How I felt about inheriting £200,000

8 min read

People don’t like to talk about money, much less money that’s inherited. But as much as it is an extremely privileged situation to be in, there are a bunch of feelings to disentangle when you inherit a large sum of money. Especially if you’re not used to it and don’t come from a wealthy background. You have to navigate the grief you have for the person who has died, guilt for benefiting from their death, and anxiety over what to do with it all.

If you want resources, there are countless articles that explain the administrative process of what to do when someone dies. And there are many other dry personal finance articles that assume you want to maximise your return on your inheritance money. But I couldn’t find much out there that touch on the emotional side of inheritance. So that’s why I want to break the silence and describe the journey I went through. I also ended up doing something a bit unusual and not often talked about.

On 1st November 2019, my grandmother, Annai, died in a care home. We knew it was coming. She had been suffering from Alzheimer’s for a while. Before then, she had lived a long and mostly comfortable life. That was one consolation. In a way, we were also thankful that she passed away when she did. Just a few months later, and she could have been caught up in the pandemic. Like so many others, she could have died alone and with no one to mourn her at her funeral.

Not long after her death, my gran’s solicitor contacted my parents. They were appointed executors and that meant they were responsible for carrying out the wishes in my gran’s will. At this point, I found out that my gran had left two thirds of everything she had to my dad and the remaining third to me. I’m still unsure why she chose to do what she did. It’s much more common for a parent to leave everything to their child. I was two years old when she wrote that will. It felt strange that she placed so much faith in me, the tiny toddler I was at the time.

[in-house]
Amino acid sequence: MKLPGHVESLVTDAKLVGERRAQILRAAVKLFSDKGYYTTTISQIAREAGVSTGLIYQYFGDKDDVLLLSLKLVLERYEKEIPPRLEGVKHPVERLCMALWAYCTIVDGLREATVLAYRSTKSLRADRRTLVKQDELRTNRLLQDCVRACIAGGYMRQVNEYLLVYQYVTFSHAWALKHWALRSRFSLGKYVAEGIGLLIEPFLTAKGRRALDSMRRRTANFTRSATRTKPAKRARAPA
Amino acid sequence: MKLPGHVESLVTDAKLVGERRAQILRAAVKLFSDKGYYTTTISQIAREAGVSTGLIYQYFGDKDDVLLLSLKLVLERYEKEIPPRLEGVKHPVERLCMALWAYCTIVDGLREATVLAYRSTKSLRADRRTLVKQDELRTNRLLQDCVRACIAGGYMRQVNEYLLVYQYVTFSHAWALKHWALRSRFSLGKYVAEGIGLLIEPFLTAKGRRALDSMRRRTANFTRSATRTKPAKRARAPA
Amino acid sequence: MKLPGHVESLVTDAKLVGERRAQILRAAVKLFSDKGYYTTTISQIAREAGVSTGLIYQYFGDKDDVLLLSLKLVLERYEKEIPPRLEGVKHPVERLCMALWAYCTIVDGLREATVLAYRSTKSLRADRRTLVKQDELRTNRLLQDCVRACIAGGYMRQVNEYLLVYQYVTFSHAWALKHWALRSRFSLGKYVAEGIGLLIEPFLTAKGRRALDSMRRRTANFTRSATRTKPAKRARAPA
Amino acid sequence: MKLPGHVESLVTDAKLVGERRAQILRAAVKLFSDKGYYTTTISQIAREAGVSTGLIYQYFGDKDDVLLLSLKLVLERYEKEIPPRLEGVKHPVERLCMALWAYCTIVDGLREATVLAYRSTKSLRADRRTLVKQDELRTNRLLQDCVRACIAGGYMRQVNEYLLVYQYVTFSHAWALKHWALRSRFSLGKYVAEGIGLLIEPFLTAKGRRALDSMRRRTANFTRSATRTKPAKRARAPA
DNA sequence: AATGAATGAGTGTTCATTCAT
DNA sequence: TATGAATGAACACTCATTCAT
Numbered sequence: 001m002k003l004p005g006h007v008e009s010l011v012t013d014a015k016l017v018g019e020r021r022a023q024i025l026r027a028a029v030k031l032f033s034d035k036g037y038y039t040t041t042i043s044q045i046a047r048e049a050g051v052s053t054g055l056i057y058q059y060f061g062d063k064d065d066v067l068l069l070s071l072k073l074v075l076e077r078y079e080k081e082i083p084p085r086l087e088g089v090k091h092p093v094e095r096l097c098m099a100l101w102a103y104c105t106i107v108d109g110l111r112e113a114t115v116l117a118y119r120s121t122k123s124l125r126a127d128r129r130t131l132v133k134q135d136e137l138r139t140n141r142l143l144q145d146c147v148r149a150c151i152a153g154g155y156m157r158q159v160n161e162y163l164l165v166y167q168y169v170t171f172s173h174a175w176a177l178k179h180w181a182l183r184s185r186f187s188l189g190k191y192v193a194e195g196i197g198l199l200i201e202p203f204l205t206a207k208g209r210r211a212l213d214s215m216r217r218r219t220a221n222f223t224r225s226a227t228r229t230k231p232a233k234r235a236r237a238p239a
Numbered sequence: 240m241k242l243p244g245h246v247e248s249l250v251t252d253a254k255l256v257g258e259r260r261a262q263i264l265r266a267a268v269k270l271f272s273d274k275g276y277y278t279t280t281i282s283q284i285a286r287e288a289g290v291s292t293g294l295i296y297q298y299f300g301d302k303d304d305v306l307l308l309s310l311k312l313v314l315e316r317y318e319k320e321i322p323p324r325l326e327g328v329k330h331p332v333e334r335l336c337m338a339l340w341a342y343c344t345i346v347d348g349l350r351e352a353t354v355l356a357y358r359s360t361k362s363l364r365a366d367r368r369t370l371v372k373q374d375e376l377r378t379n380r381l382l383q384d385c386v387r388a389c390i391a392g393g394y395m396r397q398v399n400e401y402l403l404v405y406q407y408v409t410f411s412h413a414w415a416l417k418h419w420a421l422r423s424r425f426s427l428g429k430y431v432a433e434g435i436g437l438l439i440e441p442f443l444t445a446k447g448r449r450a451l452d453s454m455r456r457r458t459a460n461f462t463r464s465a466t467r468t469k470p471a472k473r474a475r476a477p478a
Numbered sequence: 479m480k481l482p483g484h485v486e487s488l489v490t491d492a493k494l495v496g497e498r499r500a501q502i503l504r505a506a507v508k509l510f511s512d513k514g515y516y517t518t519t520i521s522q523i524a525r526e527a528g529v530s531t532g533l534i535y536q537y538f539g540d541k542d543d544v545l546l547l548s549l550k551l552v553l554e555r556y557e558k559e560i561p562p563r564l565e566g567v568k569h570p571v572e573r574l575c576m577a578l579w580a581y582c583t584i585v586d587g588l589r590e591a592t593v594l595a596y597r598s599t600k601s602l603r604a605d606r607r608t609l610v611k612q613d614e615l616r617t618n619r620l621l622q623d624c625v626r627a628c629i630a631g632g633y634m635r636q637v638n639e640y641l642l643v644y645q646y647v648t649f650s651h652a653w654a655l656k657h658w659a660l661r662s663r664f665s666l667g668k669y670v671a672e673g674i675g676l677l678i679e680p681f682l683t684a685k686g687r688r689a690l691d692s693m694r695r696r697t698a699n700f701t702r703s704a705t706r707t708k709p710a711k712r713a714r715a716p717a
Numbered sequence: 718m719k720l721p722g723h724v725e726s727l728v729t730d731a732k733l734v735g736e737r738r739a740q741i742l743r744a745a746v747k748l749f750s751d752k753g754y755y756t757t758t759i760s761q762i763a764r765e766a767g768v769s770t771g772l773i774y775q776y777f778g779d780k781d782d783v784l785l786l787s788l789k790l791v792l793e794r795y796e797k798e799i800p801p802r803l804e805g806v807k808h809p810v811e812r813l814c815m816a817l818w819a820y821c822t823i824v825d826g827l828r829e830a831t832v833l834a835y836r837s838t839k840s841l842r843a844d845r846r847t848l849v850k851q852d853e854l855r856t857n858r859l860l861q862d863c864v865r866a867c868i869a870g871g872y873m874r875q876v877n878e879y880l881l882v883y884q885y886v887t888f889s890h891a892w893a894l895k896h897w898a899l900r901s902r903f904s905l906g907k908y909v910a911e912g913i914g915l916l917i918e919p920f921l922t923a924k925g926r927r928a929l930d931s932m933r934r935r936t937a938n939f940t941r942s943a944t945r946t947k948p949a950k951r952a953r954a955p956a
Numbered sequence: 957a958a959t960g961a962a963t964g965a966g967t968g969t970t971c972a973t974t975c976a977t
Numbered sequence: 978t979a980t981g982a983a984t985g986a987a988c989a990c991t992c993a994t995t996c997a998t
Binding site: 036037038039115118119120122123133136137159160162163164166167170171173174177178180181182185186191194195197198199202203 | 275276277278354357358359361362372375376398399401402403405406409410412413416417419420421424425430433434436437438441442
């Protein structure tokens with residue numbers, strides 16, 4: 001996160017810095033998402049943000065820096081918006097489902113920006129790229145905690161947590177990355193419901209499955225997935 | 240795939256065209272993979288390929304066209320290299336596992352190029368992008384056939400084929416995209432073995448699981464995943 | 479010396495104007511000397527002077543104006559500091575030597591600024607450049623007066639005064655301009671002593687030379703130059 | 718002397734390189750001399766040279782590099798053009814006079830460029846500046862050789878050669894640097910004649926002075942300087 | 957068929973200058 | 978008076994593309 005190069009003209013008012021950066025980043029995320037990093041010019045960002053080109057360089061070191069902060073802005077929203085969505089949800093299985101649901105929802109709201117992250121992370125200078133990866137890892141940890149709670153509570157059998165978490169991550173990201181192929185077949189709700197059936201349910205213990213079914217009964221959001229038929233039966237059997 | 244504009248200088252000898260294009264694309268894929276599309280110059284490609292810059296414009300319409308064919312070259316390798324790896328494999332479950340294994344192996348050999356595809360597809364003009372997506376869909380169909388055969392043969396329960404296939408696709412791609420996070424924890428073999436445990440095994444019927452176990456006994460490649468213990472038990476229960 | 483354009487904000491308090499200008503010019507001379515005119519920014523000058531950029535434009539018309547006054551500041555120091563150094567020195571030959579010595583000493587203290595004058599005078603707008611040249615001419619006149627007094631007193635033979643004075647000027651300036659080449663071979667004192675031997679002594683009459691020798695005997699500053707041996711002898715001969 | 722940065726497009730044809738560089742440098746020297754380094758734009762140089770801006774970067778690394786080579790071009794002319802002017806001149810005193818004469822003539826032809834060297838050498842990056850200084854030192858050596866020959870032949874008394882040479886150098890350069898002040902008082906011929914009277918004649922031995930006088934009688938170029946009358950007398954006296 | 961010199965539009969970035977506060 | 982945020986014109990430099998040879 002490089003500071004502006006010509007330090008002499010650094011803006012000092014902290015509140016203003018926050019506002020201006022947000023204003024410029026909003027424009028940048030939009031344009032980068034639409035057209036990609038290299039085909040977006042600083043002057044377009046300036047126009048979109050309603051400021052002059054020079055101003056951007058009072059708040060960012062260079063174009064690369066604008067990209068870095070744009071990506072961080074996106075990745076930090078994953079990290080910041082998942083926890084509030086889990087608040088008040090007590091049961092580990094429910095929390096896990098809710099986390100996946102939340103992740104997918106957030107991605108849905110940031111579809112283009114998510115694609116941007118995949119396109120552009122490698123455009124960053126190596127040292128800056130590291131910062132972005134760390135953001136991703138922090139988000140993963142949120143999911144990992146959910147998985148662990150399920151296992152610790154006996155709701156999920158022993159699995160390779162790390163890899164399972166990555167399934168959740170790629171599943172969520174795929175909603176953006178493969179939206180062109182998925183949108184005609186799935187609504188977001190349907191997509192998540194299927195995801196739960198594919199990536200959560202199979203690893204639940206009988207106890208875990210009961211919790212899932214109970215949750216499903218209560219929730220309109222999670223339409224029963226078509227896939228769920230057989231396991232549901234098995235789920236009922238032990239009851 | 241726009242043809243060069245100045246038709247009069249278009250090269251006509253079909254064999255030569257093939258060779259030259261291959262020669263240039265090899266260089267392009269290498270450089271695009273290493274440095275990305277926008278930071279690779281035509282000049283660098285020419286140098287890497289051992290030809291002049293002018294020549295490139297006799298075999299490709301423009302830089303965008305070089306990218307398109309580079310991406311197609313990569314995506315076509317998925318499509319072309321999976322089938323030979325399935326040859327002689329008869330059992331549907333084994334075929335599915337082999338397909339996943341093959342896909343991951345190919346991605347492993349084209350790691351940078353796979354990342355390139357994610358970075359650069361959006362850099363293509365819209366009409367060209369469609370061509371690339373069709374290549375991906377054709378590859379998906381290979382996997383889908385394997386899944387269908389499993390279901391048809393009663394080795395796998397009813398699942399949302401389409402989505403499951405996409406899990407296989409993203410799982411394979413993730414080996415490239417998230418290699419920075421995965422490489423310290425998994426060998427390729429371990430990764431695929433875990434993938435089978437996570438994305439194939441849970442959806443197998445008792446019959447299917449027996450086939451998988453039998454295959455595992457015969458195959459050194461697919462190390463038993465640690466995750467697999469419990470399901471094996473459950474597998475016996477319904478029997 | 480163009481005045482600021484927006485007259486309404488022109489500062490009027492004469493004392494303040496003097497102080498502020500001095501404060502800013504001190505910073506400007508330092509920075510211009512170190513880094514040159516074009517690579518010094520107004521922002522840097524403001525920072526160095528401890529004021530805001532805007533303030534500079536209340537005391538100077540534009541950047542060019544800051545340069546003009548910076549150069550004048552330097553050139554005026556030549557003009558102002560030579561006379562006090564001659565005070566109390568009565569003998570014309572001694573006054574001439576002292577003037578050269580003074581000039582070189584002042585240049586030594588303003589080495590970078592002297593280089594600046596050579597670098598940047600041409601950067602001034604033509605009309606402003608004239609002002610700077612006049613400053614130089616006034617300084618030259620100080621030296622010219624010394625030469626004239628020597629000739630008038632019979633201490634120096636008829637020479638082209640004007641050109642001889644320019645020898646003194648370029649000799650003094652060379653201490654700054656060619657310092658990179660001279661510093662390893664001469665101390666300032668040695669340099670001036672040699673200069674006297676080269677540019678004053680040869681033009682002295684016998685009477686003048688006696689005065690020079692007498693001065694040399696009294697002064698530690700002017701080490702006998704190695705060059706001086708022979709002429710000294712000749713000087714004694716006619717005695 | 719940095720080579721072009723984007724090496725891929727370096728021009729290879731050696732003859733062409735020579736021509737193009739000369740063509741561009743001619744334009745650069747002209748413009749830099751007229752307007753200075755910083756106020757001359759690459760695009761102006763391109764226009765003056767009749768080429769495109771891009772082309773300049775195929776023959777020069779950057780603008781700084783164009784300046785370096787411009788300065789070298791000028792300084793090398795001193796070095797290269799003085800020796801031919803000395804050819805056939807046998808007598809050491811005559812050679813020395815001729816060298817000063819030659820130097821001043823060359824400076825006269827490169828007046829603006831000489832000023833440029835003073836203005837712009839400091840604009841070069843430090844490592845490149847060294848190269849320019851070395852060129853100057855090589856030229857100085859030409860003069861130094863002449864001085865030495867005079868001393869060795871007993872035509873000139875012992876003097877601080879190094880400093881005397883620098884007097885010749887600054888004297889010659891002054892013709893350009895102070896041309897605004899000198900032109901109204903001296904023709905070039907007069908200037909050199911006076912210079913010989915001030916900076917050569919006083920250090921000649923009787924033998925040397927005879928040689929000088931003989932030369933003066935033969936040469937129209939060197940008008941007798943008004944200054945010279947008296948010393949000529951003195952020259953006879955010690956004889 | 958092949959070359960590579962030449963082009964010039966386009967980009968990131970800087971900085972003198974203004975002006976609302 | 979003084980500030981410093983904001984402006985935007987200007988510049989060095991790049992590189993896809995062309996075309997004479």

I knew my gran’s estate would be sizable. Before she moved into a care home close to my parents, she lived in Norfolk. I would visit every Christmas as a child. I had this impression of her as living in a completely different world to my own with its own set of rules that I hadn’t been taught yet. I never got the hang of laying the table correctly (I still can’t believe fish knives are a thing) and would awe at my school friends that my grandparents had a house “with a dining room!” But I didn’t know the specifics of how much money she actually had.

I was told I would be inheriting over £200,000.

I was shocked. I still feel overwhelmed by the sheer size of it typing it out now. It was much more than anyone expected. My mum was the one who joyfully shared the news with me over a phone call. But I couldn’t share that joy. The knowledge of that money sent me spiralling into a whirlpool of questions and emotions I was too afraid to confront.

I felt deep shame and guilt. I didn’t deserve this money. I hadn’t done anything to earn it. I thought about my mum who worked as a part-time carer and cleaner into her 60s. It was hard, physical work. Every time she would come home exhausted, complaining how sore she was. And yet, her labour wasn’t valued. Only with help of state support could we afford to pay rent and put food on the table. It felt so unjust that I would have this much wealth at the age of 25 without lifting a finger for it.

I also felt like a fraud. I had carved part of my identity as being “the poor one” growing up especially as I was surrounded by middle-class, affluent peers. I did become a lot more privileged once I left home. I got to attend a big name university and later started working in a well-paying industry. I reconciled my identity by acknowledging that I was once poor but am relatively well-off now and extremely grateful for it. But this inheritance chucked another curve ball at me. It felt like I’d been immediately transformed into this out-of-touch rich kid, one of those that I used to envy at school.